Music Reviews

Di Auger: Black Swans At Dawn album review

Di Auger: Black Swans At Dawndiauger17


Released 2016


Industrial Gothic from Toronto’s Di Auger.

Di Auger is the musical output of Chris Lefort, a well-known face on the Toronto goth scene as DJ, artist and photographer. Black Swans At Dawn is Di Auger’s seventh release.

Toronto has always had a thriving goth scene. Di Auger mixes up goth, industrial and electronica to create Neo-industrial goth rock. A soundtrack to the harsh times we live in that still feels like it offers hope in the darkness.

It is perhaps no coincidence that in these neo-liberal days of repression – so like the 1980s where goth was hatched – that a harsh, dark music has grown again in popularity.

Whilst pure punk rock offers rebellion with (usually) left leaning politics, it has become the music of your dad (or even your granddad) and all politics to a disenfranchised generation is rejected. So the disaffected turn to the darkness to dance away the horror.

Di Auger’s driving beats, coruscating electronica and harsh, brittle rhythms conjures up decaying industrial landscapes, and the brutality of repression.

The heavy pounding dance beats of opening track Abomination sets the tone. This is dark electronica that pounds at the heart and head. The track Behind The Veil builds up in tension, whilst Pathetic and Optimistic Nihilist explode out of the speakers and don’t let up. The latter is reminiscent of Laibach. Circle of Ghosts could easily have been written for a John Carpenter horror film. At times the vocals are strident like a dictator extolling the crowd, at other times like the chanting of religious ceremony and, as on Rose Eater, the vocals ae down in the mix, bubbling up like a deus ex machina. At times Di Auger can slip into melodrama, as on Rose Of Decay, but this is a minor complaint.

For me the highlight is the title rack, Black Swans At Dawn. A beautiful, dark song that starts with ambient electronica before guttural, harsh chords cut through the sound. Lyrically it is about how we all die, yet we all long to fly, which sums up the album nicely. Yes, this is dark music, but it offers freedom of the senses, freedom of thought, freedom to embrace the darkness and live anyway. To dream to fly.

Well worth a listen.

Di Auger are on Facebook and Twitter.

This review first appeared on Louder Than War

Music Reviews, Uncategorized

Nahko & Medicine For The People: Hoka album review

NAHKO AND MEDICINE FOR THE PEOPLE nahko-and-medicine-for-the-people-hoka-album-review
The spiritual journey of Nahko continues.

The new album from Nahko opens with Hoka, a Lakota word meaning call to action. Across the nineteen songs of Hoka we are taken on a journey with Nahko and encouraged to act, to stand up and be counted.

Nahko was adopted as a baby by white middle-class Americans, who introduced him to music via piano lessons. Tracing his family he discovered a Puerto Rican, Native American and Filipino heritage. His mother was still alive but his father had been murdered in 1994. Whilst this may have created a schizophrenic existence, Nahko has blended this heritage into uplifting and challenging music. The music mixes up blues, folk, hip-hop, rap, reggae and Latin rhythms. Songs like Great Spirit implores us to see all people as the same, whilst Love Letter To God begins with anger against oppression, but ends in a message of hope. What could be mawkish is heartfelt, never more so than in San Quentin.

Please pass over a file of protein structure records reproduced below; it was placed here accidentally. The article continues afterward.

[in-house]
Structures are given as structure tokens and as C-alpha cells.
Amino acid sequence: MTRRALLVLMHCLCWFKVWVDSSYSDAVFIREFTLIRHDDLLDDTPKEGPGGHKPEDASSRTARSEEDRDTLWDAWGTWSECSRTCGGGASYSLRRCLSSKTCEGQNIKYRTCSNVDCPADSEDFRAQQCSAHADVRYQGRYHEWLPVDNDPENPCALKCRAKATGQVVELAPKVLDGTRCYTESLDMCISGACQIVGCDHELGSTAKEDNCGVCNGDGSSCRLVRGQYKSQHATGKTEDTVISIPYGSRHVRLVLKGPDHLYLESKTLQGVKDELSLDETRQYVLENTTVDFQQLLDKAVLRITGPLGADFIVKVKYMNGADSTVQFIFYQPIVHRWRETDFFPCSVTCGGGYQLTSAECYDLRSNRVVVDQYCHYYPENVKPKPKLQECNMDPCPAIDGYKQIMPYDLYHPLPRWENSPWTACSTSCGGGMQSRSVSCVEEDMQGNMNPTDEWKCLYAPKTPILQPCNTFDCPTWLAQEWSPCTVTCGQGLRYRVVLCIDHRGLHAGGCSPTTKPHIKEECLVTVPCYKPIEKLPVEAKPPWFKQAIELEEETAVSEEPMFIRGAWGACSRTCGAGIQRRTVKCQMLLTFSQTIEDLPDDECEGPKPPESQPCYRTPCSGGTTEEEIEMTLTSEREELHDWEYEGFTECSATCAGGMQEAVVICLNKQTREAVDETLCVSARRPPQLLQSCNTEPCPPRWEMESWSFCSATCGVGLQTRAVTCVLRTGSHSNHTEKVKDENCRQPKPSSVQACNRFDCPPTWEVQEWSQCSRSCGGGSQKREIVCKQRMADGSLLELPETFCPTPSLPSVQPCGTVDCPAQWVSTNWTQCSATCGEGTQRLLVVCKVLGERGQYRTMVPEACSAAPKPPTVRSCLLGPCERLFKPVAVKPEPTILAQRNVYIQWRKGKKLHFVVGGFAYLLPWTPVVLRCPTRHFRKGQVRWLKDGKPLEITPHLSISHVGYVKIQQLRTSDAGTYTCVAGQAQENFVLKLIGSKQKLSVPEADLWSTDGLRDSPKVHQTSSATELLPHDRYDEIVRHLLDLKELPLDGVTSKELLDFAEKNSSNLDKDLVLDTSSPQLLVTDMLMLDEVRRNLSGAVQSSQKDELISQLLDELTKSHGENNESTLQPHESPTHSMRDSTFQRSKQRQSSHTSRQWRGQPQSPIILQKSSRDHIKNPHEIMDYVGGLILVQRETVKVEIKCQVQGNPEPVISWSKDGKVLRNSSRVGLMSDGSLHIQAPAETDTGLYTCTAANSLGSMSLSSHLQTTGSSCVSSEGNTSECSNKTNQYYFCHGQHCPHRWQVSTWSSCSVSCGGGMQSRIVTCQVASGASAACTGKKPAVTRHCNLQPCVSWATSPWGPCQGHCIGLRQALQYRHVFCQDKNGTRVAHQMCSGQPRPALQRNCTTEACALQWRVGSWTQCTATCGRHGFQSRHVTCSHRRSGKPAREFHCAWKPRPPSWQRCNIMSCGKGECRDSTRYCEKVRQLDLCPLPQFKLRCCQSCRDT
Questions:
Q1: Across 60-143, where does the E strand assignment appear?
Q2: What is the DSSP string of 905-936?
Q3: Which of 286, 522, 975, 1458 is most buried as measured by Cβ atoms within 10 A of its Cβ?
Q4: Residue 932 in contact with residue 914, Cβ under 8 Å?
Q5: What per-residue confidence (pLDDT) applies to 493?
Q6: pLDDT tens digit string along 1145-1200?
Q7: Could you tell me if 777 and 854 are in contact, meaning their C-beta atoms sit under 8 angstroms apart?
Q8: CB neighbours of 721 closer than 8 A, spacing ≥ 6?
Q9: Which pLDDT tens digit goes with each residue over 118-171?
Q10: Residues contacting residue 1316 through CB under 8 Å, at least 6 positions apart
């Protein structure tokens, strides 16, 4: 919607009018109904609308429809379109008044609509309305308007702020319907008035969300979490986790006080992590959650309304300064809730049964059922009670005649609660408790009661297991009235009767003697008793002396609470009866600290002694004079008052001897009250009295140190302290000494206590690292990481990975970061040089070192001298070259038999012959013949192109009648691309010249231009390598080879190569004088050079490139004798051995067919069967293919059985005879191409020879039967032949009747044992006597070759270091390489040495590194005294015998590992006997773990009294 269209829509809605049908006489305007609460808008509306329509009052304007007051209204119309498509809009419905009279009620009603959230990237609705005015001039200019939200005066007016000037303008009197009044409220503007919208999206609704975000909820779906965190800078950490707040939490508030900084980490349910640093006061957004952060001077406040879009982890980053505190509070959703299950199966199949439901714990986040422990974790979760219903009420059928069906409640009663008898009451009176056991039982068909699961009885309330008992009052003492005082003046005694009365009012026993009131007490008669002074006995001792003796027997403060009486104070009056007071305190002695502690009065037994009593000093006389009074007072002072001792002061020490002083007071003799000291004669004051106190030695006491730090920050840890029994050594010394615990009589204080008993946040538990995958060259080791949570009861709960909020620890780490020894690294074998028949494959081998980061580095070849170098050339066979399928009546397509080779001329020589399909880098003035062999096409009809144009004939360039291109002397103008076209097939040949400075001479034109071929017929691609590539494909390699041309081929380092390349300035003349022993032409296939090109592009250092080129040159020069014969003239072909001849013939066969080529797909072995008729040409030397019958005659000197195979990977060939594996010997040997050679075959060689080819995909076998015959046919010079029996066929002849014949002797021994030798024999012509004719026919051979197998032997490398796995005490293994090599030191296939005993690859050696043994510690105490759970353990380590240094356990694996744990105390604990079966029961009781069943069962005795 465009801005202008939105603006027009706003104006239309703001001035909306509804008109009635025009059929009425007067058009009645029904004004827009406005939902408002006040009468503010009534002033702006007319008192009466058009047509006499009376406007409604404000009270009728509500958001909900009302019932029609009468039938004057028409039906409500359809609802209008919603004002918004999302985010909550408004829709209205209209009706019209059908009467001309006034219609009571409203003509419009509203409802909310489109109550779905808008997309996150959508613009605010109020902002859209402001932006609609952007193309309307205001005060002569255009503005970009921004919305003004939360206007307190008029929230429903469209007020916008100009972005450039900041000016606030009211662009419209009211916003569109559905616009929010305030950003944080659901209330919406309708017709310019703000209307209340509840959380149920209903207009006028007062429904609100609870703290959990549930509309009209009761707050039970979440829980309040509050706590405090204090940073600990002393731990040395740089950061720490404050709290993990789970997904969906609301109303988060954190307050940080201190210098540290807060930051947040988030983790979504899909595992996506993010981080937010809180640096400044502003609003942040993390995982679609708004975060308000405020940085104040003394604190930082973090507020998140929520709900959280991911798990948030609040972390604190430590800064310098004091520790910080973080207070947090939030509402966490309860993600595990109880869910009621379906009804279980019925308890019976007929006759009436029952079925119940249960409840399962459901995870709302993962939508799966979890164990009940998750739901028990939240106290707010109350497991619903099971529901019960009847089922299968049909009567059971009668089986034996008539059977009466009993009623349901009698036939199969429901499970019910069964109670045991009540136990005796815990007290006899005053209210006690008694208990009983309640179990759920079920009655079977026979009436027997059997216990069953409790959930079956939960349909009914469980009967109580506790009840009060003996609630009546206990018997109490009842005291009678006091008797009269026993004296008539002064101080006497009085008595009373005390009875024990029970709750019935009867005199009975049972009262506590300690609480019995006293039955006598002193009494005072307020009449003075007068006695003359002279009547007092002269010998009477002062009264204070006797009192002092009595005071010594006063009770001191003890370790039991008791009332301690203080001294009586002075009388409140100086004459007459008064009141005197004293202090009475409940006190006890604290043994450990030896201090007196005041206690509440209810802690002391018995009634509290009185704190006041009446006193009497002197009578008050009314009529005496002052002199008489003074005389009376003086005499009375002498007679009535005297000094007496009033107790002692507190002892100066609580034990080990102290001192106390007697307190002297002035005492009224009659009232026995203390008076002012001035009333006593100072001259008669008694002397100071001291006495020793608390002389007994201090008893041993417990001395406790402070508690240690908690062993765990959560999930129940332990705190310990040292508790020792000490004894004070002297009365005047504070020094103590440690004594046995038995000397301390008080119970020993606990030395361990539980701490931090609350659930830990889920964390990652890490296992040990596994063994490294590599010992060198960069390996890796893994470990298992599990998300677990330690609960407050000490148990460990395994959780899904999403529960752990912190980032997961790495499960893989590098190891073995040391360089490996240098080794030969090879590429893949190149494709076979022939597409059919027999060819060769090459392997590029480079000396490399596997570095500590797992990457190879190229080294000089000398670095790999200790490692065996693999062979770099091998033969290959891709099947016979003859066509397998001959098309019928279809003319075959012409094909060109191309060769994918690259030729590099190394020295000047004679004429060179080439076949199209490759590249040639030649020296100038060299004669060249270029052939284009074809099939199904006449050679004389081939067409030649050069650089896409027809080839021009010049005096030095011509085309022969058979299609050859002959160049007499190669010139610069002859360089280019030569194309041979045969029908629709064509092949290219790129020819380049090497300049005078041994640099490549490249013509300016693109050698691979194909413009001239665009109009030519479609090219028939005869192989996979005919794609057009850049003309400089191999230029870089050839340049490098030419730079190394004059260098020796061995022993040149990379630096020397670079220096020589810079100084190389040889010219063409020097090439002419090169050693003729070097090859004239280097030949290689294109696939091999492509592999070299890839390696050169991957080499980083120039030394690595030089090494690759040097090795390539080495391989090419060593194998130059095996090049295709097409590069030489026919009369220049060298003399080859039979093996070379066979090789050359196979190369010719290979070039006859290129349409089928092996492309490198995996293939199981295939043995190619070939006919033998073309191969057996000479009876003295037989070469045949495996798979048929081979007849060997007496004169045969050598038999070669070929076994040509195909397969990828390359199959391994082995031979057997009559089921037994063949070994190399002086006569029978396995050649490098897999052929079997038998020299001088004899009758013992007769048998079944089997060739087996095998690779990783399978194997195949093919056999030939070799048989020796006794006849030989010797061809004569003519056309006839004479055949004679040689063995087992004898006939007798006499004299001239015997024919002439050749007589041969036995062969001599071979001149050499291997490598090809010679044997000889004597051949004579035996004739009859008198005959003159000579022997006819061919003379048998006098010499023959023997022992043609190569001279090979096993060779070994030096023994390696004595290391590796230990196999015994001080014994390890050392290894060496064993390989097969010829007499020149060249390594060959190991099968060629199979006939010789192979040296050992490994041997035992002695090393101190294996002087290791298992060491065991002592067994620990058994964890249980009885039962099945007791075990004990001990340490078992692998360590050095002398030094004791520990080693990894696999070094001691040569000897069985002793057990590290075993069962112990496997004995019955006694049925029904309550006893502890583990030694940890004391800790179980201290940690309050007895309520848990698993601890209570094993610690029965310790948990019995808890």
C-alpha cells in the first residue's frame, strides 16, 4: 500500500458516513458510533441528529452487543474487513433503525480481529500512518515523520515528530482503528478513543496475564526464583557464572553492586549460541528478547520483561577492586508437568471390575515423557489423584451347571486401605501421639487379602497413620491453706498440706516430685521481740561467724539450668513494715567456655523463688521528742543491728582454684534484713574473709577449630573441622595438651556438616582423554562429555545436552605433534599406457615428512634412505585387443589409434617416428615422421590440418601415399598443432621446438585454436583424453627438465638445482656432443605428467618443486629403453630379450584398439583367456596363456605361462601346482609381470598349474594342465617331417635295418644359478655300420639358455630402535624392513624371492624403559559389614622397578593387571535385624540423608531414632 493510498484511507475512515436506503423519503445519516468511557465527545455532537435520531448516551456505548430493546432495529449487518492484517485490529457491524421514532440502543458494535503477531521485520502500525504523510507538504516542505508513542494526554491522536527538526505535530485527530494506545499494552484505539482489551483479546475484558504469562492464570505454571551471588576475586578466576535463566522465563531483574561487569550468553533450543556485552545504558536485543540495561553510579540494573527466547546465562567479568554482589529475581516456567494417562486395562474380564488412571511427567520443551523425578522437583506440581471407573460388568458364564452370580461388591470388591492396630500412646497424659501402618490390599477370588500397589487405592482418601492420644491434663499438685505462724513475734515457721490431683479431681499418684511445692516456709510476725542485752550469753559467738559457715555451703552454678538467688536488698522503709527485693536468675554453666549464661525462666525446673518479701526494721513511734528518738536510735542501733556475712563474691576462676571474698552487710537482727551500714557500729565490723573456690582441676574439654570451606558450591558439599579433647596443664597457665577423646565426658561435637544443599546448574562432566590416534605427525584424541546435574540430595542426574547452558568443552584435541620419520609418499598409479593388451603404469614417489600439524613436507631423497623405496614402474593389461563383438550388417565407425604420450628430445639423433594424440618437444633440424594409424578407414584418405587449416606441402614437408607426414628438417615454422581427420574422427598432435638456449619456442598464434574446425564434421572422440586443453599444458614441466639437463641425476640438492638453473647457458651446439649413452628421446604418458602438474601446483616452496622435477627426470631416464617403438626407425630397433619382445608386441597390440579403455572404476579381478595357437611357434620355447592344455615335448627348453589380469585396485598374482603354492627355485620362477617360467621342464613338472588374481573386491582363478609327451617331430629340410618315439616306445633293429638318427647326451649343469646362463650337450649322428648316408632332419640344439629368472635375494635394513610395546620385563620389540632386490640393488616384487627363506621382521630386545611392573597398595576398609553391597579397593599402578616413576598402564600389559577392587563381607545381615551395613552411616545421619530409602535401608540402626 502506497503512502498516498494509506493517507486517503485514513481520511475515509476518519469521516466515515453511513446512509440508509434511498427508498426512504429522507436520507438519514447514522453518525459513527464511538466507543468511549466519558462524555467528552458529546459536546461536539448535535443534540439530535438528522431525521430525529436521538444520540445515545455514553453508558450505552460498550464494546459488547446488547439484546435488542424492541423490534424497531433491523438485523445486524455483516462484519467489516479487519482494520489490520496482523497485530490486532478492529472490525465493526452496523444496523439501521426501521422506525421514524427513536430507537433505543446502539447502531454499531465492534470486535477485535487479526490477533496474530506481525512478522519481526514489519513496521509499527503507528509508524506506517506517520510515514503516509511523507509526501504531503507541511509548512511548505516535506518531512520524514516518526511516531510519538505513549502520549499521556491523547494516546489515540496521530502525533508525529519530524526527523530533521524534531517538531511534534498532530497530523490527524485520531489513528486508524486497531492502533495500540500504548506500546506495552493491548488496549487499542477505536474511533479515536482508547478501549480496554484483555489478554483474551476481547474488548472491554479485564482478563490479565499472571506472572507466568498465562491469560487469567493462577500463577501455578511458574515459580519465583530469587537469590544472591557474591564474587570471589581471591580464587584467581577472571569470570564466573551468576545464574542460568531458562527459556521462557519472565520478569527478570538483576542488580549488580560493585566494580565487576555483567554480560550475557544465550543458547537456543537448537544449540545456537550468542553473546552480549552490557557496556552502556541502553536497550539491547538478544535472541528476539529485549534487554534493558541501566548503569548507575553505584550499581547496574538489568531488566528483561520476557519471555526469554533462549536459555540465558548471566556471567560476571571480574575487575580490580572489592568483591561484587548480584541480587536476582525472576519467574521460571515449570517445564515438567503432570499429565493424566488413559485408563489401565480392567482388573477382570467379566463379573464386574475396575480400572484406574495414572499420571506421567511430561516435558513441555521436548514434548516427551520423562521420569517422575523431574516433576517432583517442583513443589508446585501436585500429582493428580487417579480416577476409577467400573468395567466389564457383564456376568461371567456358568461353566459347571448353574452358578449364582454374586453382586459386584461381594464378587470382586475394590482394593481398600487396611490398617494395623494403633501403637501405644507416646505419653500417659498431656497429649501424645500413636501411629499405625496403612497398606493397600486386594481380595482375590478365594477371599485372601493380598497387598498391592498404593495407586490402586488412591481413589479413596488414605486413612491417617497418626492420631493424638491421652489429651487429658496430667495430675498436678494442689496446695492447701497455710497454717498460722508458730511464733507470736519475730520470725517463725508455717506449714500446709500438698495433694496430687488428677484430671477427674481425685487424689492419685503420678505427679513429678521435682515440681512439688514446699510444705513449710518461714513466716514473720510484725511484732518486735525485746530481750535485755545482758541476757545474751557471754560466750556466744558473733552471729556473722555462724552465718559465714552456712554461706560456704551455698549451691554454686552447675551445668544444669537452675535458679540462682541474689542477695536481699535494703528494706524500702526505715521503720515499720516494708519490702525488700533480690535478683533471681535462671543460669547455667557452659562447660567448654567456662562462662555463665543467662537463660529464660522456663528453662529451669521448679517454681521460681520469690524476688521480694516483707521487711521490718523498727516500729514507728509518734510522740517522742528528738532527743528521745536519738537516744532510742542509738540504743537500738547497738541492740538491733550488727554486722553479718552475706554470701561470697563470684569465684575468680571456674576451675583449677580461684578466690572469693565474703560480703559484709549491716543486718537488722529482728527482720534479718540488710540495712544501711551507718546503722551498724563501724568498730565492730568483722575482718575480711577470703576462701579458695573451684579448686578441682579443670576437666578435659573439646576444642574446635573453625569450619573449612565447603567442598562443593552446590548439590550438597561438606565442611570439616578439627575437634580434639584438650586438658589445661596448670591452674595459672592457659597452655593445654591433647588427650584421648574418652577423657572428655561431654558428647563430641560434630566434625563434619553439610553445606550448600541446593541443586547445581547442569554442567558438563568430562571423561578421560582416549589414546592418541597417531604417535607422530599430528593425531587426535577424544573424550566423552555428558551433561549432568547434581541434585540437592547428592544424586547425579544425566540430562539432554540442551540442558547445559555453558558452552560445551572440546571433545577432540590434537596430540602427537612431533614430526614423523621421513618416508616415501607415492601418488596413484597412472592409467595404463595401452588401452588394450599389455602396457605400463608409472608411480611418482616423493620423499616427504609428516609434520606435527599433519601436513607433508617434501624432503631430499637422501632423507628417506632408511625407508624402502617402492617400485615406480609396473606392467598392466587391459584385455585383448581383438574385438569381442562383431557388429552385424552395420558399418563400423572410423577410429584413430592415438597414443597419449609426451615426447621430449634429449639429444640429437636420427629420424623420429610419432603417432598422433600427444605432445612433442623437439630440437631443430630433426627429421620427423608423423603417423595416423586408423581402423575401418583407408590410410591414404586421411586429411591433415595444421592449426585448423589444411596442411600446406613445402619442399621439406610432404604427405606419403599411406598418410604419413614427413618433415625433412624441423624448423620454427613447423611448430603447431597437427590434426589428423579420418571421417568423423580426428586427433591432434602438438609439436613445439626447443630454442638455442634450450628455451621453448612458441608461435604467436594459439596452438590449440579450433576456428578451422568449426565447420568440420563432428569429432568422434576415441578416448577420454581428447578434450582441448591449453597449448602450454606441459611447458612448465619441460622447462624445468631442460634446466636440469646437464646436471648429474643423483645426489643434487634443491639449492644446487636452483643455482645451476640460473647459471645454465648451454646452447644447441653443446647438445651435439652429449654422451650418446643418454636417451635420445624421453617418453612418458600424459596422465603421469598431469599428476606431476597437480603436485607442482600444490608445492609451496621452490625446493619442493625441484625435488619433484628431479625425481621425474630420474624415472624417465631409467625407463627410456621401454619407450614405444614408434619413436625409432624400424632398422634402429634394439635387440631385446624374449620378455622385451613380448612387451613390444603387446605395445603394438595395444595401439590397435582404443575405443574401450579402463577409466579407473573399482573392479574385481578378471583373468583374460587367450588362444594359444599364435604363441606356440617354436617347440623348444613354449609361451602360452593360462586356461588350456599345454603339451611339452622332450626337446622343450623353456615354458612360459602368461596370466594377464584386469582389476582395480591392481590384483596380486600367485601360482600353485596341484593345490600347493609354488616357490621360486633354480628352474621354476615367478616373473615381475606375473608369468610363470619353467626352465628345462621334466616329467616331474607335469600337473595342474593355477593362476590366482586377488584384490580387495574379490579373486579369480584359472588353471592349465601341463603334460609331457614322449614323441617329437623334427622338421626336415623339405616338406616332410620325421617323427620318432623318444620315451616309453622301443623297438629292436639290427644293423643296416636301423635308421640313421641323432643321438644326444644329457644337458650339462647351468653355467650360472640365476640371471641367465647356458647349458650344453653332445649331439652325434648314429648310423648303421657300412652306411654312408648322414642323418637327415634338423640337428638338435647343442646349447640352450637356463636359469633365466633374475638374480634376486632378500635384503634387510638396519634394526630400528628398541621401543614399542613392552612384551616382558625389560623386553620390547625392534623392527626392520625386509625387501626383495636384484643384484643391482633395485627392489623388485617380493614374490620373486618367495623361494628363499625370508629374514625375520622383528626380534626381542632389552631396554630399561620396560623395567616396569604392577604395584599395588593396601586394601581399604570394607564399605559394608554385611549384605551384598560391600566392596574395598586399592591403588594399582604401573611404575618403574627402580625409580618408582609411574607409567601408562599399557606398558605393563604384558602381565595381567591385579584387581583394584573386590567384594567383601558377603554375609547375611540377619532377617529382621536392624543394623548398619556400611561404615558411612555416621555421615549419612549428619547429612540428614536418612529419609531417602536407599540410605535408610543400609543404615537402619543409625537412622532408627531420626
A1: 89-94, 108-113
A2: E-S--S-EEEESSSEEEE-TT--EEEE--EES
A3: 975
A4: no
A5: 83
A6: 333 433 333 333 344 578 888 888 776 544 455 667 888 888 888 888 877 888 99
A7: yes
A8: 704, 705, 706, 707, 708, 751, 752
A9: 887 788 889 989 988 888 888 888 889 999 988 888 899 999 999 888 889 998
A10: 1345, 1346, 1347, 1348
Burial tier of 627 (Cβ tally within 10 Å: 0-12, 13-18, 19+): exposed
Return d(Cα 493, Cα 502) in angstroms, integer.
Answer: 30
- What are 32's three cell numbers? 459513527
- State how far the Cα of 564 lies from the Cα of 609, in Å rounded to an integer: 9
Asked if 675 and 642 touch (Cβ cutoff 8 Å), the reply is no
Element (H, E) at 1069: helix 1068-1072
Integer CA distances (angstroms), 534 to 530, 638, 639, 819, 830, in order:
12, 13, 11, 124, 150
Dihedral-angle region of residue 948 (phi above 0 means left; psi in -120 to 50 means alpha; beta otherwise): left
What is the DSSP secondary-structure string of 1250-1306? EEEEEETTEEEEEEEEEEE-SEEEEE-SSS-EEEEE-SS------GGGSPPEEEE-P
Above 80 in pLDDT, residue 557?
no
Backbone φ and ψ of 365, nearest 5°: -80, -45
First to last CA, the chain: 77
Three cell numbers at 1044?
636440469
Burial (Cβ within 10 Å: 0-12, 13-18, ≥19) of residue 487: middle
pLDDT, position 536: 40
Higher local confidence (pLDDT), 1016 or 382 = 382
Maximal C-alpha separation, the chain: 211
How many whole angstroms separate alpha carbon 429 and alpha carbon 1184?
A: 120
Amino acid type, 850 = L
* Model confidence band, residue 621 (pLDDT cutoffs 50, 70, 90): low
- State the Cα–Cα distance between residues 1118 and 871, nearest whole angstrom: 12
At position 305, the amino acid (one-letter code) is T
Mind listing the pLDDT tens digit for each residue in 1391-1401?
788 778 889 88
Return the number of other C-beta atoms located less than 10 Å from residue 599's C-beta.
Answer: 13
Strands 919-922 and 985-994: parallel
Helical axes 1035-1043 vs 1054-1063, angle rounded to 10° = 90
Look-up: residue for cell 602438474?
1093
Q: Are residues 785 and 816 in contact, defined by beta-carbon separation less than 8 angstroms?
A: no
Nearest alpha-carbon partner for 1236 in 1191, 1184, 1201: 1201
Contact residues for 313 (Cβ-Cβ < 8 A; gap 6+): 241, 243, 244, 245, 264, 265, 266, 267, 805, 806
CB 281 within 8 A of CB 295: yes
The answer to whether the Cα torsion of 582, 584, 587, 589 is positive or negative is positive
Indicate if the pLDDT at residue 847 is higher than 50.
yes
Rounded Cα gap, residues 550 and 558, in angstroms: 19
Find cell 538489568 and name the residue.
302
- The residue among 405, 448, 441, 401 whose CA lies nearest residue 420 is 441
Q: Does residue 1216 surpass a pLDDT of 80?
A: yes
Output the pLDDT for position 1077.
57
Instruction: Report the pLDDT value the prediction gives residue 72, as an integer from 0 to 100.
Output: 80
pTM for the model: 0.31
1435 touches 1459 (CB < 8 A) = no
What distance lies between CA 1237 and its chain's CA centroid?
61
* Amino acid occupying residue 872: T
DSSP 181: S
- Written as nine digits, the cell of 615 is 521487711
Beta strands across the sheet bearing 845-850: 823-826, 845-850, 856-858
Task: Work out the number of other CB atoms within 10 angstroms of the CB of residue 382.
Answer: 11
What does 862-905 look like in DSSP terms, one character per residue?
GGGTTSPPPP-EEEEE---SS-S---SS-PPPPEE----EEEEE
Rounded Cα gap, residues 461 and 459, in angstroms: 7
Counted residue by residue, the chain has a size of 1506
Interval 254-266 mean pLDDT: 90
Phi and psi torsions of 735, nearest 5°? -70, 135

It’s a song about the journey that Nahko made to meet the man who had murdered his father. The song starts with staccato guitar that is full of tension. He sings that he’s “come a long way to tell you this story – there’s no turning back now.” Nahko forgives him and is empowered by the forgiveness. It’s a story that few of us can imagine.

An uplifting album for our harsh times.


All words by Mark Ray. This review first appeared in Louder Than War magazine issue 5 July/August 2016

Music Reviews

A Giant Dog: Pile – Album review

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Third album from Texas rockers.

Houston band A Giant Dog release their third album, the first for Merge Records, and show a keener understanding of what they are trying to achieve; which in their case is to make a great sound mixing grunge, glam and punk. Sabrina Ellis’ vocals are a powerful tool and when backed with killer bass lines, pounding drums and razor sharp guitars it’s a potent mix of short, sharp attacks detailing the seedier side of life and the vicissitudes of youth. But there’s enough nuance in songs like Jizzney and Get With You And Get High that show the band are capable of more. In rock’s heyday if you threw a song like I’ll Come Crashing at the charts it would have been a smash. A record that should be pounding out of deadbeat parties this summer.

All words by Mark Ray. This review first appeared in Louder Than War magazine issue 5 July/August 2016